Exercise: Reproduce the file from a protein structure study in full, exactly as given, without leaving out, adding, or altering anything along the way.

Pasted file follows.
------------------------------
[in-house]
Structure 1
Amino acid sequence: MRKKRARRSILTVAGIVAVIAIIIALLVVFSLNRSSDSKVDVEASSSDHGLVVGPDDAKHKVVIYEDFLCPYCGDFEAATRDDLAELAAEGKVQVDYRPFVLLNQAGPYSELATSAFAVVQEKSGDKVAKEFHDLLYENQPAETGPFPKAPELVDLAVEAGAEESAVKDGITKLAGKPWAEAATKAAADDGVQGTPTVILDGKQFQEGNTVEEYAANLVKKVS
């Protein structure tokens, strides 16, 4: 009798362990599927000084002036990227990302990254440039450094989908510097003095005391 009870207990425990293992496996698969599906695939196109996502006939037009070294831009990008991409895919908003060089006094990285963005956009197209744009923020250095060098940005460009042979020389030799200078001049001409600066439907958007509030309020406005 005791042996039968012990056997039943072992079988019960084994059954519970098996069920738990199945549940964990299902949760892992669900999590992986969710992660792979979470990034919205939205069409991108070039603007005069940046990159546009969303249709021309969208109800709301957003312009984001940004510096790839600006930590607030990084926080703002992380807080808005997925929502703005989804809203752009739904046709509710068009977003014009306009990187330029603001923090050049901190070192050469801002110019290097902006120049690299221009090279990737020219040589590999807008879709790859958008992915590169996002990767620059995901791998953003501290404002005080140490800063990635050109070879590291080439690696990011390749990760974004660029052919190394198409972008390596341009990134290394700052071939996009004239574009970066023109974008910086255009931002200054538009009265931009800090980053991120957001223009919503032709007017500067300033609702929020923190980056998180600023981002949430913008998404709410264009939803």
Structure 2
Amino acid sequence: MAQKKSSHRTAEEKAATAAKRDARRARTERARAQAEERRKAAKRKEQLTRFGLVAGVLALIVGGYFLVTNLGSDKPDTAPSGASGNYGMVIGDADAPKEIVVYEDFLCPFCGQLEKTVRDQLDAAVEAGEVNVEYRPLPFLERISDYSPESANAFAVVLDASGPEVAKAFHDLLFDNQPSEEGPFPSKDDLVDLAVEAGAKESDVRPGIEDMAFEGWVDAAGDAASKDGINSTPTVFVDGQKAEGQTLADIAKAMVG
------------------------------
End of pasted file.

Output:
[in-house]
Structure 1
Amino acid sequence: MRKKRARRSILTVAGIVAVIAIIIALLVVFSLNRSSDSKVDVEASSSDHGLVVGPDDAKHKVVIYEDFLCPYCGDFEAATRDDLAELAAEGKVQVDYRPFVLLNQAGPYSELATSAFAVVQEKSGDKVAKEFHDLLYENQPAETGPFPKAPELVDLAVEAGAEESAVKDGITKLAGKPWAEAATKAAADDGVQGTPTVILDGKQFQEGNTVEEYAANLVKKVS
């Protein structure tokens, strides 16, 4: 009798362990599927000084002036990227990302990254440039450094989908510097003095005391 009870207990425990293992496996698969599906695939196109996502006939037009070294831009990008991409895919908003060089006094990285963005956009197209744009923020250095060098940005460009042979020389030799200078001049001409600066439907958007509030309020406005 005791042996039968012990056997039943072992079988019960084994059954519970098996069920738990199945549940964990299902949760892992669900999590992986969710992660792979979470990034919205939205069409991108070039603007005069940046990159546009969303249709021309969208109800709301957003312009984001940004510096790839600006930590607030990084926080703002992380807080808005997925929502703005989804809203752009739904046709509710068009977003014009306009990187330029603001923090050049901190070192050469801002110019290097902006120049690299221009090279990737020219040589590999807008879709790859958008992915590169996002990767620059995901791998953003501290404002005080140490800063990635050109070879590291080439690696990011390749990760974004660029052919190394198409972008390596341009990134290394700052071939996009004239574009970066023109974008910086255009931002200054538009009265931009800090980053991120957001223009919503032709007017500067300033609702929020923190980056998180600023981002949430913008998404709410264009939803």
Structure 2
Amino acid sequence: MAQKKSSHRTAEEKAATAAKRDARRARTERARAQAEERRKAAKRKEQLTRFGLVAGVLALIVGGYFLVTNLGSDKPDTAPSGASGNYGMVIGDADAPKEIVVYEDFLCPFCGQLEKTVRDQLDAAVEAGEVNVEYRPLPFLERISDYSPESANAFAVVLDASGPEVAKAFHDLLFDNQPSEEGPFPSKDDLVDLAVEAGAKESDVRPGIEDMAFEGWVDAAGDAASKDGINSTPTVFVDGQKAEGQTLADIAKAMVG